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How Historic Districts Work


Creating a Historic District
These 19th century homes are part of the historic district in Cape May, N.J.
These 19th century homes are part of the historic district in Cape May, N.J.
Visions of America/Joe Sohm/Getty Images

Mollytown is a charming little fictional neighborhood in a small Southern town. Its residents are mostly interested in a National Register listing because they've heard rumors that a nearby highway is going to expand to six lanes, requiring demolition of some of Mollytown's adorable little bungalows. Secretly, though, one of the residents, Mrs. E., is concerned that her neighbor is going to build an extra floor onto his bungalow and ruin the look of the neighborhood. Mollytown's residents think they might qualify for historic status because of their brick bungalows, which all have large front porches adorned with intricate moldings and overhangs.

Mrs. E. gets the process rolling by calling the State Historic Preservation Officer (SHPO). Each state has an officer, who can be found on the National Park Services Web site. The SHPO assesses whether the property might be eligible and helps Mrs. E. fill out the nomination form, which explains why the neighborhood should be listed.

The officer reviews the documentation and schedules a review with the State Review Board, a group of professionals from fields such as history, architecture and archeology, which will make an evaluation of significance.

The officer also notifies Mollytown's property owners and holds a period of public comment. A few residents hesitate because they know Mrs. E. is really just concerned about the height of her neighbor's roof, whereas if a majority of them had banded together to oppose Mrs. E., the property only would have been submitted for a determination of eligibility. This acknowledges that Mollytown is important and provides a historic preservation advisory board the opportunity to comment if any future federal projects will affect the district.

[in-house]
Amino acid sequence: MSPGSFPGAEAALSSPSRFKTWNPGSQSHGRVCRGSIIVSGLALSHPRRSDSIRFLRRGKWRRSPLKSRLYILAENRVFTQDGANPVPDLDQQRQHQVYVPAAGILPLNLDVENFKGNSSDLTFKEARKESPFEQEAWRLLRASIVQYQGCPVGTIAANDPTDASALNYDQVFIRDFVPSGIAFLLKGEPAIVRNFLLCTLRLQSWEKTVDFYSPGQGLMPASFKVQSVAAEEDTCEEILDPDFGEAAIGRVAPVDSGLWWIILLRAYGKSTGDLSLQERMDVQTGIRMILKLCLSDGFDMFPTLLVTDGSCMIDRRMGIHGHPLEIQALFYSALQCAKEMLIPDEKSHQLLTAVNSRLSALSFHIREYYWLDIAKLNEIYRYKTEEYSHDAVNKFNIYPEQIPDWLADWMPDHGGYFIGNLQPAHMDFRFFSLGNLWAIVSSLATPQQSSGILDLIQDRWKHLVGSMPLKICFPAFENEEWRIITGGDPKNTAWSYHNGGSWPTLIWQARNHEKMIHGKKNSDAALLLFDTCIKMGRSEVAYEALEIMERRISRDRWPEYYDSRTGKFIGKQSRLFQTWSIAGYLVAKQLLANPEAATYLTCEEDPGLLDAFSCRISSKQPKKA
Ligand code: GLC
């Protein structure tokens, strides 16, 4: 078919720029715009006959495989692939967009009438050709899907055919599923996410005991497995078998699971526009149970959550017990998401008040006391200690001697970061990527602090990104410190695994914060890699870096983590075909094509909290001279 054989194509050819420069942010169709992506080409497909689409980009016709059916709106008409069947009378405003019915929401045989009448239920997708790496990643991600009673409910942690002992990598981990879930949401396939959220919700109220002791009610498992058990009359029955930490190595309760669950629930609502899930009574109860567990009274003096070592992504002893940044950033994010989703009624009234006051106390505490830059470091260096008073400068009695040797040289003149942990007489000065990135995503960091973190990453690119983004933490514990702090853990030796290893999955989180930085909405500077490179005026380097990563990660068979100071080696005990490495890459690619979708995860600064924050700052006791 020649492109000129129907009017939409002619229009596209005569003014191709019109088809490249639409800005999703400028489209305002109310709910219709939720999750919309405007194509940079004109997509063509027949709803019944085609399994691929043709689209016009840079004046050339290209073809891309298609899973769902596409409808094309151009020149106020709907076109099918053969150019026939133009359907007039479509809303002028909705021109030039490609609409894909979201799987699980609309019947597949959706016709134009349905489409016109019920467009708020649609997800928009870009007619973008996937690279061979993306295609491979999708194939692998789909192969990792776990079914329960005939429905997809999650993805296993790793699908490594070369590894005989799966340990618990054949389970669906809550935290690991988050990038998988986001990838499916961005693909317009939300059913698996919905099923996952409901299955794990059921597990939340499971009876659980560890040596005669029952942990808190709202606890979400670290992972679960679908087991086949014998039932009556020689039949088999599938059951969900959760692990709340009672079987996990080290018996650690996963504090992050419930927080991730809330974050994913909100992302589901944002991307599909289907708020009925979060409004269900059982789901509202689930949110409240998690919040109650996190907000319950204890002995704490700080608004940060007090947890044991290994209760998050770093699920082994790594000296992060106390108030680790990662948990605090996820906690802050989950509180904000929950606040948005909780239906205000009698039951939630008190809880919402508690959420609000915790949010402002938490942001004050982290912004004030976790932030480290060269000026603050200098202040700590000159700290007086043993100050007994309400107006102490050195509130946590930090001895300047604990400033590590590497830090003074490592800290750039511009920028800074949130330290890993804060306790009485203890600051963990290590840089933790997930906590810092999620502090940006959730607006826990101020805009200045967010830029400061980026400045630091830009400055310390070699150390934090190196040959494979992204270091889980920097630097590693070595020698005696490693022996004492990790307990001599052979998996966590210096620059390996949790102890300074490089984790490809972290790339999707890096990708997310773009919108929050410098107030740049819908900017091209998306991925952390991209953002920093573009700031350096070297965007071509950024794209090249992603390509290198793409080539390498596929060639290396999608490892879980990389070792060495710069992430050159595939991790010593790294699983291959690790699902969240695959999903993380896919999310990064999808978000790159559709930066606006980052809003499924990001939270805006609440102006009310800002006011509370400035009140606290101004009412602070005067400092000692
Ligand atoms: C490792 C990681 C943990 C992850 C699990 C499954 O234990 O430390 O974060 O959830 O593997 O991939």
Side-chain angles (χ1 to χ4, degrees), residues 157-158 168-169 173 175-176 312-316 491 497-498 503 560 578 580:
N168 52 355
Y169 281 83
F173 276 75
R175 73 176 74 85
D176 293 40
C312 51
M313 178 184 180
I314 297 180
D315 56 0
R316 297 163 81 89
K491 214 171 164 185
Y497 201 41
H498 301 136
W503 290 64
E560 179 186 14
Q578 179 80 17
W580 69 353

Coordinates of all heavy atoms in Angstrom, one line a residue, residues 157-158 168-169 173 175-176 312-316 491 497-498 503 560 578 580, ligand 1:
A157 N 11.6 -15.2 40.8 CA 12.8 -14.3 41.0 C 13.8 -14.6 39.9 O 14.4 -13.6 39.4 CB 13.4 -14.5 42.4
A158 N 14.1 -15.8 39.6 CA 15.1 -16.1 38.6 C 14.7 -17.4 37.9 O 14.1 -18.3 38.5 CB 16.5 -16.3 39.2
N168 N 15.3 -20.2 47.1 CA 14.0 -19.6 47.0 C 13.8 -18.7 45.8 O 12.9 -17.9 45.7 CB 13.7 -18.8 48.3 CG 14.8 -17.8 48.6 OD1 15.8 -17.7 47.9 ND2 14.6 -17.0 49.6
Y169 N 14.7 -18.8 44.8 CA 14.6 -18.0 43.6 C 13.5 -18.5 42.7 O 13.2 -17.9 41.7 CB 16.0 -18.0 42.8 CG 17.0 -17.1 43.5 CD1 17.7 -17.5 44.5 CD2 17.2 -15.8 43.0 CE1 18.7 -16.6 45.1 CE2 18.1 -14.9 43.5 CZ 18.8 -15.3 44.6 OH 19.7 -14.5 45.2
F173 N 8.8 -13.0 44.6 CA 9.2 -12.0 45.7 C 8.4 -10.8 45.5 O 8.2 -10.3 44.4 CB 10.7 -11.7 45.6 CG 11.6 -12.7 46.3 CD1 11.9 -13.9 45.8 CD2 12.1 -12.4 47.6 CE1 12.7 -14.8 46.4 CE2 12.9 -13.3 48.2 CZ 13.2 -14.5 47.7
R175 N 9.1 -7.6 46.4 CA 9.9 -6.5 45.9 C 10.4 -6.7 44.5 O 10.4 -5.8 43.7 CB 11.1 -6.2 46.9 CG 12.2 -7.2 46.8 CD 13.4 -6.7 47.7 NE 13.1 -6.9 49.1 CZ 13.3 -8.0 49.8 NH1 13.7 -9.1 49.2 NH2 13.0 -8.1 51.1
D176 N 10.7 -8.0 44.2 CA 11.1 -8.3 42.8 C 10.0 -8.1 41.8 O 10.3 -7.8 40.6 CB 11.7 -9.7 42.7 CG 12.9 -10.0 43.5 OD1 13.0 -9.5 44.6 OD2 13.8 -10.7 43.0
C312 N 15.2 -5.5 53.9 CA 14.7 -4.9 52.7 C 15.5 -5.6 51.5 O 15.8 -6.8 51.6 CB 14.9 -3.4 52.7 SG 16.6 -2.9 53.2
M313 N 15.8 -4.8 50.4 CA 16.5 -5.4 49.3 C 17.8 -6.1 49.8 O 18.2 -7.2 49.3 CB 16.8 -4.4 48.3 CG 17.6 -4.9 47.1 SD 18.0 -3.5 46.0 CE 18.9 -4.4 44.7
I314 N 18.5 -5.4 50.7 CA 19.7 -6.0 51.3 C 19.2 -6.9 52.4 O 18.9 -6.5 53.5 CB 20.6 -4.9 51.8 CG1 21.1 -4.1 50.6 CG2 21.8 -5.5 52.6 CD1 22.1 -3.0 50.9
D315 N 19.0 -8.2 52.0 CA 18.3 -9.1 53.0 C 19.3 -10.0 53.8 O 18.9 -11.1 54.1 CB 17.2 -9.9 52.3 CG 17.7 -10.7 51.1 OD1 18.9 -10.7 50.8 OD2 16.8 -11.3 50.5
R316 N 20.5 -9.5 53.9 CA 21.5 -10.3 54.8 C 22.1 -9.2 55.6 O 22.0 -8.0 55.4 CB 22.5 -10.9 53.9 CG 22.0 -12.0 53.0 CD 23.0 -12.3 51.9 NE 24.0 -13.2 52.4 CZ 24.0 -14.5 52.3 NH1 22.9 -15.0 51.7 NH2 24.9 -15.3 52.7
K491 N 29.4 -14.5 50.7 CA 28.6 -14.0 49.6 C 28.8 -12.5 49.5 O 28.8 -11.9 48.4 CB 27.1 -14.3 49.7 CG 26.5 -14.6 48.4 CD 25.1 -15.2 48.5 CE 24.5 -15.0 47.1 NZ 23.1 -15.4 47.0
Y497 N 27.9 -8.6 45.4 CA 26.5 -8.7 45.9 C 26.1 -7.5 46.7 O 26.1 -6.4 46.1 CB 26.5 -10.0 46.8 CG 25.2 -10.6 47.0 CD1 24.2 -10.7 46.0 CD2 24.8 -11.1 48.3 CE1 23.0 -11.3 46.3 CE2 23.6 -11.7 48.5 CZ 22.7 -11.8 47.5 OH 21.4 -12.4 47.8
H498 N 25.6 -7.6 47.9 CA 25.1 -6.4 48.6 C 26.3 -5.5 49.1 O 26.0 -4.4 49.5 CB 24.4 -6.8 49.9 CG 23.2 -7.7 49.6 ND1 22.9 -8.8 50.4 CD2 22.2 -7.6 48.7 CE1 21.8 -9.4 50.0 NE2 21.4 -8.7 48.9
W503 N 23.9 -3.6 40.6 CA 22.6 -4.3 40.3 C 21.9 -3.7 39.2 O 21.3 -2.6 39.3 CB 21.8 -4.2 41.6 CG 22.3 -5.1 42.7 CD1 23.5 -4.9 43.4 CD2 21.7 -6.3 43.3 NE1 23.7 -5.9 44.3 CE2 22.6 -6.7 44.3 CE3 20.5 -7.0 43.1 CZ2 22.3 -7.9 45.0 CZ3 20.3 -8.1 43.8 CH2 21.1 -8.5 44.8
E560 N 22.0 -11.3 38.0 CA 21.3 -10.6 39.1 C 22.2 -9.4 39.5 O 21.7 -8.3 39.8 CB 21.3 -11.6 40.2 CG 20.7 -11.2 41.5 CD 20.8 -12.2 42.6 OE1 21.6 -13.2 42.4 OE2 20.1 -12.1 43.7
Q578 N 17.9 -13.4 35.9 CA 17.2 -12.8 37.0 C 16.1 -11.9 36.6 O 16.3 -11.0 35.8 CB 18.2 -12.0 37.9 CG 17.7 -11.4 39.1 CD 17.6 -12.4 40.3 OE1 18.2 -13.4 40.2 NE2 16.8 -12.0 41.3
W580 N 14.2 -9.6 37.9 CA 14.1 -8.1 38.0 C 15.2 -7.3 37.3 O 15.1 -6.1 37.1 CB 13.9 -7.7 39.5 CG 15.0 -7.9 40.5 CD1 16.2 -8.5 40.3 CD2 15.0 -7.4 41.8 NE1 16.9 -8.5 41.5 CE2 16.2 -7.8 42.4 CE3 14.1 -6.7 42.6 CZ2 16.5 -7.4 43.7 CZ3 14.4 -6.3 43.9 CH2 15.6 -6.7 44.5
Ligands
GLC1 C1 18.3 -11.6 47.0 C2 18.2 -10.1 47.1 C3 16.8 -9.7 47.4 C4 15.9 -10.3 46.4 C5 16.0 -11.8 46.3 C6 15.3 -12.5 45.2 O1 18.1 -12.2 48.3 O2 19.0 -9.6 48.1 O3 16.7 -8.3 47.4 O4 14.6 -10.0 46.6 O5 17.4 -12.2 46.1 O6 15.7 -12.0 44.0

However, if a majority of Mollytown's property owners agree to the listing and the State Review Board finds significance, which they do in this scenario, then the officer will nominate the neighborhood for historic district status in the National Register.

National Register listing confers several legal benefits to historic properties. The historic districts must be considered during the planning of federal and federally-assisted work projects, such as that federal highway expansion that some Mollytown residents were worried about. Property owners are also eligible for federal tax benefits and federal grants for some preservation projects.

Primarily, though, the National Register provides name-brand recognition of honor; Mollytown residents order a bronze plaque and are quite content until Mrs. E. realizes that her neighbor is going to proceed with his expansion. In addition, an old building is still threatened with demolition to make room for a new fast-food restaurant. Why did this happen? Listing in the National Register is a relatively symbolic badge of honor, and it carries no property restrictions or requirements for homeowners. Homeowners may allow their homes to fall out of good condition, and there are no limits on development.

The residents of Mollytown consider becoming a state historic district. Some states have their own registers of significance, but becoming a state historic district is very similar to becoming a national historic district. The honor is largely symbolic, and there are not a lot of ways of ensuring that a district will maintain its historic character.

What will protect Mollytown from development? As we mentioned, local laws hold the greatest sway, but the process of creating a local historic district starts at the state level. Mrs. E. and Mollytown turn again to the State Historic Preservation Office, which lets them know that their town has a system in place for creating local districts. Find out if their quest is successful on the next page.


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